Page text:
Introduction to Science – Students were given an orientation to their science classroom. They were oriented on where to find student supplies, where to find science reading books and games, where the off limit areas are and how to safely observe our class pets. New this year is class jobs. Students now take care of several jobs when they come to science, such as watering the plants, passing out notebooks, monitoring the laptop cart, and checking in and out borrowed science books. Safety rules and emergency procedures in the science classroom were discussed as well as practiced.
Patterns in the Sky – The goal of the moon unit was to explore Earth’s only natural satellite, the moon. The third graders shared in groups what they know about the moon and also questions they had about the moon. To spark their curiosity they watched a short video about the moon and read non-fiction books about the moon. Students learned about the movement, phases and shape of the moon. In connecting with patterns, the third graders were also introduced to why the Earth has seasons and the patterns of seasons. The students displayed their understanding of the concepts through illustration, class discussions, reflections, quizzes, hands-on activities and a final assessment.
Simple Machines – We use simple machines every day in our lives to make work easier. For example, if we didn’t have pulleys how would we get our flag to the top so that it can wave in the air? If we didn’t have a wheel and axle how would we get the door open?
This was the second trimester focus for the third graders. However, before learning and building simple machines, students reviewed the concept of what is work, friction, and force. Students were also introduced to using a spring scale, which measures force and a protractor, which measures angles. These tools were used in several experiments this trimester.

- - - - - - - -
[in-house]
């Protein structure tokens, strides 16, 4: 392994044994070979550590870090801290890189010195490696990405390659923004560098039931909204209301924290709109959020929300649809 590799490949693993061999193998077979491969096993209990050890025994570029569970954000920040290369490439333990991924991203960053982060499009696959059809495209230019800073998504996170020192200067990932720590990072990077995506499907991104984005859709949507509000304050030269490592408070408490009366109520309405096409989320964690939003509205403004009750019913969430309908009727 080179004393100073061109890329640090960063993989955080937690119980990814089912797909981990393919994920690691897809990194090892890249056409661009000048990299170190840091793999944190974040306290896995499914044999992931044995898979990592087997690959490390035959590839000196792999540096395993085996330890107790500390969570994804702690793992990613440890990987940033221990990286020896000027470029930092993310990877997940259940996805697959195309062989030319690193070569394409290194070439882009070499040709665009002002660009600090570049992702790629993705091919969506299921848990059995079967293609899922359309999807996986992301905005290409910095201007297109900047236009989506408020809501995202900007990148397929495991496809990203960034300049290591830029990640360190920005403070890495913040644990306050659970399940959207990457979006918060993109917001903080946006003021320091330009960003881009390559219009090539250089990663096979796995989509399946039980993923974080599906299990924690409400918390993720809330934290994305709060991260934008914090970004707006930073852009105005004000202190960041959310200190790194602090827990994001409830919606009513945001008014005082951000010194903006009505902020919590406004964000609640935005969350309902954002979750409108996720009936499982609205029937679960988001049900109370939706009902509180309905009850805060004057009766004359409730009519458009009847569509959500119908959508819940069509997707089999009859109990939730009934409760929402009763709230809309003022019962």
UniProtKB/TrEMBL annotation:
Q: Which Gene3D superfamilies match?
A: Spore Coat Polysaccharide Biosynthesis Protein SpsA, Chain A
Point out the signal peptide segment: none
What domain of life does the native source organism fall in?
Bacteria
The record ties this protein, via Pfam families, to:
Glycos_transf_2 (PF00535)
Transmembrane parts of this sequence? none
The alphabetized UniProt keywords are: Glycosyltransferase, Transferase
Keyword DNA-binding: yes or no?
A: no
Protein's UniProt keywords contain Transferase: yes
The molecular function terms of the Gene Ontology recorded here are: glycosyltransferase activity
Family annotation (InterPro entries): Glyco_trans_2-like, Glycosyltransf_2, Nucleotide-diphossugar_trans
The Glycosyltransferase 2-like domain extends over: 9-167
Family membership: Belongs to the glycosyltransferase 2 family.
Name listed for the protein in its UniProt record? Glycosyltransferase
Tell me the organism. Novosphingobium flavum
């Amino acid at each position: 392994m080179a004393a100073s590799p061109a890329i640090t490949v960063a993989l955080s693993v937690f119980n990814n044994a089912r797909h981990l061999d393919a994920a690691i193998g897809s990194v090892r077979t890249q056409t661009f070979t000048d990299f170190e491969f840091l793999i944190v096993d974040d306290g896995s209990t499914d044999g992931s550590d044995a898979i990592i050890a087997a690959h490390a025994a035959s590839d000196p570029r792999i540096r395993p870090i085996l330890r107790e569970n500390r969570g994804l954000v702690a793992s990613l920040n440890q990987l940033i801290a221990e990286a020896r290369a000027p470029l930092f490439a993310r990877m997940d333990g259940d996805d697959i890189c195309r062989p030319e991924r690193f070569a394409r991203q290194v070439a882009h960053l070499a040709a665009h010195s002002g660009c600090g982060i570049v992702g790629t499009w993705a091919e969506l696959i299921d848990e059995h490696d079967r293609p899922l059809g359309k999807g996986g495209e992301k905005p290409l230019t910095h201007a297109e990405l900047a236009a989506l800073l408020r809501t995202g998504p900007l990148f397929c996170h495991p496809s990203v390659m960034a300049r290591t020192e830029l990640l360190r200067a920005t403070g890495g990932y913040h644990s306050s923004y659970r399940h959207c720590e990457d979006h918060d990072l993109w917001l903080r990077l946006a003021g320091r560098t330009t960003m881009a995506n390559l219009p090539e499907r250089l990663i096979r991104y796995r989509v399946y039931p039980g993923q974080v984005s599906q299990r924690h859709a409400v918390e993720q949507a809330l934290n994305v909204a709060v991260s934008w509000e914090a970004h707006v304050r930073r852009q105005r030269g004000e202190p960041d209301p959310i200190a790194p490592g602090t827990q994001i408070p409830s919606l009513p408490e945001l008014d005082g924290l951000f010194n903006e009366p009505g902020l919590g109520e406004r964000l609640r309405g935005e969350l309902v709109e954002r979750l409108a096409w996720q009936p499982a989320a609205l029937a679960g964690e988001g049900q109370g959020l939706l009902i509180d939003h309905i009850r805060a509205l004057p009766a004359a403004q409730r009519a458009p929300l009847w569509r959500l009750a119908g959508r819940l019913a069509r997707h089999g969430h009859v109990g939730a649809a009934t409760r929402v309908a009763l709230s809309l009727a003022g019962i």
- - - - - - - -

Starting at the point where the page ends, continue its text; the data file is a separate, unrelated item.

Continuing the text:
Though there are six types of simple machines, only three were explored due to limitations of time during the trimester. Students explored: levers, inclined planes, and pulleys. Each simple machine has unique features and abilities. Students built and used each type of simple machines in order to understand how it works and how it can be used.
Students constructed a lever using a cork as their fulcrum and their ruler as the lever. They explored the affects of moving the load closer or father from the fulcrum. Pulleys are used to move heavy loads. Students constructed a fixed and a movable pulley system to compare the value of each type. Using their spring scale, students had to decide which pulley system was the best to move heavy objects. Finally the students worked with inclined planes. They constructed several inclined planes using their protractor to measure the angle of the plane.
Students were assessed through teacher observations, class discussion, experiment reflections and data reports, a review assessment and a final assessment.
This unit introduced the third graders to different forms of energy: light, heat, and sound. They began by looking at types of light energy, man-made and natural light. They distinguished between light that comes from nature (sun, lightning, fireflies) and artificial light created by man. Key concepts of light energy are: light travels in a straight line, light refracts and reflects, light can move through different objects and light can be split into colors. Various experiments, like Prisms, Funny Spoons, Happy Face and Hole-y Light, allowed students to see these concepts in action.
Sound was another form of energy introduced this trimester. Sound has several characteristics that the students were able to explore. These concepts included: sound travels in waves, sound has a pitch and volume, and sound can travel through various objects. Experiments included using tuning forks to hear different pitches and volumes, Xylophone Bottles, Dropping Sound Dice.
This year we briefly explored heat energy, which allowed the students to observe how heat can change and move objects. These experiments included watching warm air expand bubbles and what happens to tea in hot and cold water.
Students demonstrated their understanding of concepts through class discussions, lab reflections, teacher observation & questioning and a final assessment.